New York CBD market under serious threat as judge dismisses stakeholders’ lawsuit

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The market for CBD and other hemp cannabinoids in New York state remains under serious threat after a federal judge tossed out a lawsuit by a group of producers and sellers Monday.

Claiming enforcement of new rules governing hemp-derived cannabinoid products cost them millions of dollars in losses, the state-licensed hemp operators filed suit against the New York Cannabis Control Board (CCB) and Office of Cannabis Management (OCM) over raids under revised hemp regulations released in November.

Judge Mary Kay Vyskocil in the U.S. District Court for the Southern District of New York (SDNY) dismissed the case yesterday on procedural grounds, essentially letting a broader crackdown on New York’s illicit cannabis trade continue to envelop the market for delta-8 THC and other intoxicating cannabinoids made from hemp.


Stakeholders have said enforcement actions by the state have had an “immediate and catastrophic effect” by freezing the market for CBD and other cannabinoids. The lawsuit alleged that the two state agencies violated the civil rights of the companies by issuing and enforcing overly strict rules on hemp products.

The plaintiffs sought to press their advantage in the SDNY after the state Supreme Court ruled in their favor in an earlier, similar case in state courts. That decision allowed them to overcome strict emergency measures put in place by the state last August that were intended to spur enforcement of rules adopted in 2016 that prohibit the sale and possession of all such compounds.

After the state Supreme Court ruled against the state agencies in November, the CCB and OCM issued further regulatory updates. It is those most recently revised rules and their enforcement that were challenged in the complaint tossed out by Judge Vyskocil yesterday.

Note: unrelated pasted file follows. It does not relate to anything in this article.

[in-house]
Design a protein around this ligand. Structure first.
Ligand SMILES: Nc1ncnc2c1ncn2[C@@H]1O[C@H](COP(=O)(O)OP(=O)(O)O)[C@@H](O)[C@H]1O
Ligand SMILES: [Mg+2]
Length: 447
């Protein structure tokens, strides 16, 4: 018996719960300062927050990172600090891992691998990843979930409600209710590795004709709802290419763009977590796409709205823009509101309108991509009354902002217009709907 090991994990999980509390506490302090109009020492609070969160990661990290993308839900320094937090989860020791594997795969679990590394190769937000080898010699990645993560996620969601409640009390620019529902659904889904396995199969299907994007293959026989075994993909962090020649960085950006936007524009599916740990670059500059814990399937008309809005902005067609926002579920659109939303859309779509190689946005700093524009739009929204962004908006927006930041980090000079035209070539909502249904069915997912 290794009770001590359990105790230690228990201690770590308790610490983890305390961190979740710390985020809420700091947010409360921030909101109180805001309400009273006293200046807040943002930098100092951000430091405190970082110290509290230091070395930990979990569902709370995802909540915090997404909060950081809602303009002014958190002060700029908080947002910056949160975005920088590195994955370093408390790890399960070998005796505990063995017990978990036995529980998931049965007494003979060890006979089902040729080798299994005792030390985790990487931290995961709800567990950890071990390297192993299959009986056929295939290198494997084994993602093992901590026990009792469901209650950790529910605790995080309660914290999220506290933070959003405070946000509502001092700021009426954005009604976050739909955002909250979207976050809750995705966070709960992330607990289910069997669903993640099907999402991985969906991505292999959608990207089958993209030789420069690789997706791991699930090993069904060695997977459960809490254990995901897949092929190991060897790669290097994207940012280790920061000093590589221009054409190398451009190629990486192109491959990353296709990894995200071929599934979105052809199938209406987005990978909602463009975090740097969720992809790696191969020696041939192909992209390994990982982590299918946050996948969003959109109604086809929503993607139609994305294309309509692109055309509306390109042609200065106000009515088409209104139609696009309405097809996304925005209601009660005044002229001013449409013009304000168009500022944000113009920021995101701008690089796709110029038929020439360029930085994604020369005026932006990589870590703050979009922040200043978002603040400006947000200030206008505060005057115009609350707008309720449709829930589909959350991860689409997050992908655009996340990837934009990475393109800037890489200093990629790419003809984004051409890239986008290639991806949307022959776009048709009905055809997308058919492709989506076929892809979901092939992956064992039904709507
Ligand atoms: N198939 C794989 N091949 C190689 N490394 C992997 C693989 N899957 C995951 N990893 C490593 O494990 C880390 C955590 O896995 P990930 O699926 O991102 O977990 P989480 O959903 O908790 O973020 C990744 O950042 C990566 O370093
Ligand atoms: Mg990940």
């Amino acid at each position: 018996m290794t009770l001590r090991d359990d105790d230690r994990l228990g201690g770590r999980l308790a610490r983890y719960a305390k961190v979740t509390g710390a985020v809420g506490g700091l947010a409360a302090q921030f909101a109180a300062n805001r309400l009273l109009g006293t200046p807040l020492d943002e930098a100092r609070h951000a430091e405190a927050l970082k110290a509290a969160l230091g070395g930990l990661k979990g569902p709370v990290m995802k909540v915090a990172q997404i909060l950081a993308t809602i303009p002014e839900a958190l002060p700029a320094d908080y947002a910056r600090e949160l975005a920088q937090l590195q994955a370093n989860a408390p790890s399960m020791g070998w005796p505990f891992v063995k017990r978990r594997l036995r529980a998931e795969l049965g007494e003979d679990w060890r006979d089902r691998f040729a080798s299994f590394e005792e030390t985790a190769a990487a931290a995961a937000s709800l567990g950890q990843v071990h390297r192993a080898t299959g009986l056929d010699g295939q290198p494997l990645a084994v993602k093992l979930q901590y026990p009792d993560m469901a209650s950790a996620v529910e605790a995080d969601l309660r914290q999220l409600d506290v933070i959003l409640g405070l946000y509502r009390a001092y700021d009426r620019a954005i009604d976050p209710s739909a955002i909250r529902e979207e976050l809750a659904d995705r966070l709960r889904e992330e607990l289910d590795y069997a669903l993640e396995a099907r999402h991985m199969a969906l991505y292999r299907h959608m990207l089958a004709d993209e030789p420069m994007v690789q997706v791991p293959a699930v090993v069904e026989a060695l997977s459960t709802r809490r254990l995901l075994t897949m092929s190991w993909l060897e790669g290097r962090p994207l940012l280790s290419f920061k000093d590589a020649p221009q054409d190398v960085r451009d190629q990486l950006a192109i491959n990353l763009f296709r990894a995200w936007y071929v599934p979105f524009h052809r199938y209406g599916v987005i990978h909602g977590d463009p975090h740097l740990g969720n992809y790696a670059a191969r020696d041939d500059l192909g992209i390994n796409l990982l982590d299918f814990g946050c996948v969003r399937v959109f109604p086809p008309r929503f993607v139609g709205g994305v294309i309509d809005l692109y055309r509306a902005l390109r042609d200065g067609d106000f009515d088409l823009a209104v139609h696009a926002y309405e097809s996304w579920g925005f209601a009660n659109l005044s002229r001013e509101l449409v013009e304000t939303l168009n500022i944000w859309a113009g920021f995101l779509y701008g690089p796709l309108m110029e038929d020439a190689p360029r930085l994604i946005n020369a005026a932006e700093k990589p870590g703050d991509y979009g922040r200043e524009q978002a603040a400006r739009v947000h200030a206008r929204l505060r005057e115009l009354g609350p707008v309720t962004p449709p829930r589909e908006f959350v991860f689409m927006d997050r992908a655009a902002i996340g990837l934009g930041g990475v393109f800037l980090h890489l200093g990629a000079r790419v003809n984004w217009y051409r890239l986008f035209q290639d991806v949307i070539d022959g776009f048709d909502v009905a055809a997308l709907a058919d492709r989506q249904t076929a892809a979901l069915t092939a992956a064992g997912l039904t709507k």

The plaintiffs are CBD producers, distributors and sellers, and some are obviously trading in hemp products that contain synthetically produced compounds such as delta-8 THC that in concentrated form can give users a “high.” Products that include the compounds have been called “diet weed” or “marijuana light,” and are marketed as alternatives to marijuana.

Major industry issue

Because Vyskocil based her ruling exclusively on procedural matters, the plaintiffs may re-file the suit in the SDNY with modifications. Cannabis attorneys say further consideration of the matter in federal court, likely to happen in the future no matter what, will have major implications for legal cannabis and hemp markets nationwide.

A ruling in the plaintiffs’ favor could limit states’ abilities to regulate intoxicating hemp-derived cannabinoids, while a ruling in favor of the regulators would bolster all states’ authority to regulate or ban hemp-derived goods as they wish, notwithstanding the 2018 Farm Bill, which legalized hemp and its downstream products.

When New York regulators first addressed synthetic cannabinoids, they put rules in place that prohibited the sale and possession of all such compounds, which are made by putting hemp-derived CBD through a process in the lab.

But a gray market for intoxicating products containing high concentrations of delta-8 THC and other hemp-derived substances quickly developed due to a conflict between federal and state law and a lack of enforcement.

Risk to all CBD

The synthetic products emerged after the 2018 Farm Bill legalized industrial hemp and its downstream products across the U.S. But the federal law created a loophole by not accounting for synthetically produced psychoactive products that can be made from hemp flowers – the source of CBD.

In addition to potentially killing the market for psychoactive hemp products, a regulation that imposes a ratio of CBD to THC at 15:1 could also wipe out other non-psychoactive extracts made from industrial hemp, the plaintiffs have claimed.

The upheaval in New York is one of many recent blows to the U.S. CBD market this year. The Florida State Legislature earlier this month passed a restrictive law against intoxicating synthetic cannabinoids that also threatens the CBD extract market in that state. New York is the third biggest CBD market among U.S. states, with 2024 sales projected to be $1.5 billion, according to data provider Statista, which ranks California the biggest, at $3.3 billion, and Florida the second biggest at $1.8 billion.

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